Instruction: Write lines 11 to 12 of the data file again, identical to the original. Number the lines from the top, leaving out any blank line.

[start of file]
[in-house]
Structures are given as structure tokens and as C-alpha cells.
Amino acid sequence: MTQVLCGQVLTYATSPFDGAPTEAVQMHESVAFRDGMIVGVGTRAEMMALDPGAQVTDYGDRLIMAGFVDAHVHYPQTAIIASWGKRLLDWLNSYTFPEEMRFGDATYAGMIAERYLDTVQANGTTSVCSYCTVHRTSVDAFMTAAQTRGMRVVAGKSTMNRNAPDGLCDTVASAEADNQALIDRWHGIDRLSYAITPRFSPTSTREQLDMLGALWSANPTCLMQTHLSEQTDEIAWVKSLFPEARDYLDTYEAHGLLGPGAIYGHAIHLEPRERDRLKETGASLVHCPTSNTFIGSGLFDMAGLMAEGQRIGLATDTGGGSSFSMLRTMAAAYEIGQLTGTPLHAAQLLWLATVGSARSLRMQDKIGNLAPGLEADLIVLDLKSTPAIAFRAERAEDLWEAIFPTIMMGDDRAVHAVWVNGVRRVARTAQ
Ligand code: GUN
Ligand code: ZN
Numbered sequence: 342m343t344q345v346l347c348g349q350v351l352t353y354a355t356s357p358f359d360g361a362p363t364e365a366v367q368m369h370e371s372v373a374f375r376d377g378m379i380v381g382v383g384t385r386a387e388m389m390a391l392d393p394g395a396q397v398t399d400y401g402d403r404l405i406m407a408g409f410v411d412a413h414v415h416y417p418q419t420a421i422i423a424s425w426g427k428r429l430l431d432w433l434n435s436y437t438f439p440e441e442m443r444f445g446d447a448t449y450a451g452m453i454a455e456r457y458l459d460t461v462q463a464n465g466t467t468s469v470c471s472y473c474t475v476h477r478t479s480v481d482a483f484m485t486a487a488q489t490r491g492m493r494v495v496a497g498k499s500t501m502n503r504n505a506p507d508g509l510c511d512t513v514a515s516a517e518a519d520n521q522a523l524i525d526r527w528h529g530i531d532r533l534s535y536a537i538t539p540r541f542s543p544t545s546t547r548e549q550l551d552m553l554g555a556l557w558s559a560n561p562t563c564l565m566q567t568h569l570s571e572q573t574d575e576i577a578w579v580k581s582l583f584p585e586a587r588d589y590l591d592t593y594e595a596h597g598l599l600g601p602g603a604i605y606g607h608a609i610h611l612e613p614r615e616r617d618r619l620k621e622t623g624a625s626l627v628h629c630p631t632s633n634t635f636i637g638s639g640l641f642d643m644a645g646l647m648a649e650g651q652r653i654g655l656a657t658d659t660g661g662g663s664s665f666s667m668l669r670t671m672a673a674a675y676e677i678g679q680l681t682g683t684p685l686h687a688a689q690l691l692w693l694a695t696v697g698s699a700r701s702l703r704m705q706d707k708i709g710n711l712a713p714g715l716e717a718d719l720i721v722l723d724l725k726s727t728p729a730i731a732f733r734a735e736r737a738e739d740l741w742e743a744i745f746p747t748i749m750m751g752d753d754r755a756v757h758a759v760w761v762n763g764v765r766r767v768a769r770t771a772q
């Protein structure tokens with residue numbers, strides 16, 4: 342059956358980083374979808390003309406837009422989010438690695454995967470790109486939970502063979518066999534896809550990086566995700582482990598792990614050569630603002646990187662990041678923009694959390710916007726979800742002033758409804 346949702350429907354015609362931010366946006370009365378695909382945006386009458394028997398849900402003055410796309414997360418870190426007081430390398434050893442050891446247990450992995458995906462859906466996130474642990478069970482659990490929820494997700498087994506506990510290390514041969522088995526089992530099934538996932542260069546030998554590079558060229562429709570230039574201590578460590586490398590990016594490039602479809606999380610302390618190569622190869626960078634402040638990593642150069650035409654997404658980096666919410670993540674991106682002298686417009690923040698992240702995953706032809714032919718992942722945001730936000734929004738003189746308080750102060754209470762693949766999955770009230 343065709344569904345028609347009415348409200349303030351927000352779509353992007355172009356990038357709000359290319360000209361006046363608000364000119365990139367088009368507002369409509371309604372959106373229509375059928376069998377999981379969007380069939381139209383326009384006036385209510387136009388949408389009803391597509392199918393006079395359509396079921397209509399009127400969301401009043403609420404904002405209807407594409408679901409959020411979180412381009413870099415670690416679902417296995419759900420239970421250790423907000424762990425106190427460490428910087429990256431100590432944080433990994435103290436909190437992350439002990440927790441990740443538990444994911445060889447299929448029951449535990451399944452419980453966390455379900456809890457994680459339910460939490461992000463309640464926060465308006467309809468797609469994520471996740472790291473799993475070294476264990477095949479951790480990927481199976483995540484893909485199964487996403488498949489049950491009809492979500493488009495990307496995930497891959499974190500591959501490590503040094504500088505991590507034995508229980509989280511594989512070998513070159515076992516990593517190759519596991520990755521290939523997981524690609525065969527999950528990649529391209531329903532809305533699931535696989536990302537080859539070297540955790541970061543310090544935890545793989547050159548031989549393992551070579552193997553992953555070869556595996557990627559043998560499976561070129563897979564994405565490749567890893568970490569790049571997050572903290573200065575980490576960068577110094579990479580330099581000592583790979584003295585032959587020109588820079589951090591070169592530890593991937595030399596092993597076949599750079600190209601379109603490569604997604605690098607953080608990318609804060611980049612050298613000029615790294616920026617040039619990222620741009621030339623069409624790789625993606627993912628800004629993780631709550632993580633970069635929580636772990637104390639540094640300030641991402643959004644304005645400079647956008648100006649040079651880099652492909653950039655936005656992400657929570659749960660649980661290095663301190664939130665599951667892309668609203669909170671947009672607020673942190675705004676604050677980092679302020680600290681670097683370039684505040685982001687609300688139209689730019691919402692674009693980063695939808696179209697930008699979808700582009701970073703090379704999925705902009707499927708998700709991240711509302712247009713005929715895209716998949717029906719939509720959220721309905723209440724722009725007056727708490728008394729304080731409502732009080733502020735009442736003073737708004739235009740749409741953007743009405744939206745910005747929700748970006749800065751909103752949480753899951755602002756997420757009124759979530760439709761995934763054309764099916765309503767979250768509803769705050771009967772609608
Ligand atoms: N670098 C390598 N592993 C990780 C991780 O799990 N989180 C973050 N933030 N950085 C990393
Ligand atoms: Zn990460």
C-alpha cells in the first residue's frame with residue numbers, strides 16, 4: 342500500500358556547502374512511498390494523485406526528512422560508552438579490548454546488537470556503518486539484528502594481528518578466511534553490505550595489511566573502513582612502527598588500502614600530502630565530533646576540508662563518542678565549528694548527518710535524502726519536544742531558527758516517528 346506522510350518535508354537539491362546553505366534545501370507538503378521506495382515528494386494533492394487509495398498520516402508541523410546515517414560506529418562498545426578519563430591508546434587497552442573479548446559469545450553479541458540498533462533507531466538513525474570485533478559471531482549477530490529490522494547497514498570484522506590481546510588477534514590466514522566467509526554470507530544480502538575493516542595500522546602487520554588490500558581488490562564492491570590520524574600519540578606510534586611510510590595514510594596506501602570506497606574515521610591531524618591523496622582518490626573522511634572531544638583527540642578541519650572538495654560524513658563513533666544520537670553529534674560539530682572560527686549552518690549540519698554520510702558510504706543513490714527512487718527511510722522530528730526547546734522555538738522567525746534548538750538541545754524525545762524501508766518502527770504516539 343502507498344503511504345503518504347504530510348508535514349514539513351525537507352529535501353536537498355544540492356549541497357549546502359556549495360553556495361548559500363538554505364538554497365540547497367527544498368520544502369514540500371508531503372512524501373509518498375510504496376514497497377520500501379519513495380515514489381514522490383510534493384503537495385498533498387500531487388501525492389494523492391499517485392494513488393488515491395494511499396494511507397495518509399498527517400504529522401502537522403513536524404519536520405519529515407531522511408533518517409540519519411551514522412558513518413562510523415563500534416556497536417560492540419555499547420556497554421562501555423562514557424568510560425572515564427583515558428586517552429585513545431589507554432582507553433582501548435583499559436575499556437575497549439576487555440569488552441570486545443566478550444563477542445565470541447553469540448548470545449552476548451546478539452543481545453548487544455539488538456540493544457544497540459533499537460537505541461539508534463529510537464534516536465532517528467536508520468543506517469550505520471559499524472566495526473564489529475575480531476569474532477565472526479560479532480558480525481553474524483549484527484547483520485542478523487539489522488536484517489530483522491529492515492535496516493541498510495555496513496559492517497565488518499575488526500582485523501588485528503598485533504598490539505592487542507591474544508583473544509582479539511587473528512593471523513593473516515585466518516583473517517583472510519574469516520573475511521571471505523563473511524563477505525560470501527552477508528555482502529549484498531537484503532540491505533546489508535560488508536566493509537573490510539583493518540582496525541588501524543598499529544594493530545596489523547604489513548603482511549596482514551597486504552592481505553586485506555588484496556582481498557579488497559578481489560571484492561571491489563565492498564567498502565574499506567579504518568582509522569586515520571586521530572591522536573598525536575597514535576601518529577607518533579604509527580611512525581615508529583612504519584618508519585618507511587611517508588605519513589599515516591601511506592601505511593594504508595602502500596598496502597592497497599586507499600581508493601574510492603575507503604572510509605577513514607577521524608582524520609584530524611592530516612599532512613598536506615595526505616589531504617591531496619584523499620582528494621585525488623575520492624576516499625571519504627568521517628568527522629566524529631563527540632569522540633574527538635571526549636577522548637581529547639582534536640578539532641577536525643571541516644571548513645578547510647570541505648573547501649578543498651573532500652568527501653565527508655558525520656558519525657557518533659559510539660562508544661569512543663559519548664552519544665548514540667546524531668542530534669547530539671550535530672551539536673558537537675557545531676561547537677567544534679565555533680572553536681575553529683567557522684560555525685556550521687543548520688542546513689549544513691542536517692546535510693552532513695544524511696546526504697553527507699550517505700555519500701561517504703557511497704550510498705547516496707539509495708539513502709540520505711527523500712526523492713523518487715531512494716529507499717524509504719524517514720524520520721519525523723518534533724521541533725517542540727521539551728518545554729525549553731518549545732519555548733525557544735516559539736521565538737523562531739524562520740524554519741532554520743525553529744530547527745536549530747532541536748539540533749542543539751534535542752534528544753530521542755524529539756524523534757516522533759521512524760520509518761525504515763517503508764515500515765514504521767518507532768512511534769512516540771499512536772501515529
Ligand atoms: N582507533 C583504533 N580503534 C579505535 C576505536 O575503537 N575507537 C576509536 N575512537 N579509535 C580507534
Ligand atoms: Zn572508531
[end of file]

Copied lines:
Ligand atoms: N582507533 C583504533 N580503534 C579505535 C576505536 O575503537 N575507537 C576509536 N575512537 N579509535 C580507534
Ligand atoms: Zn572508531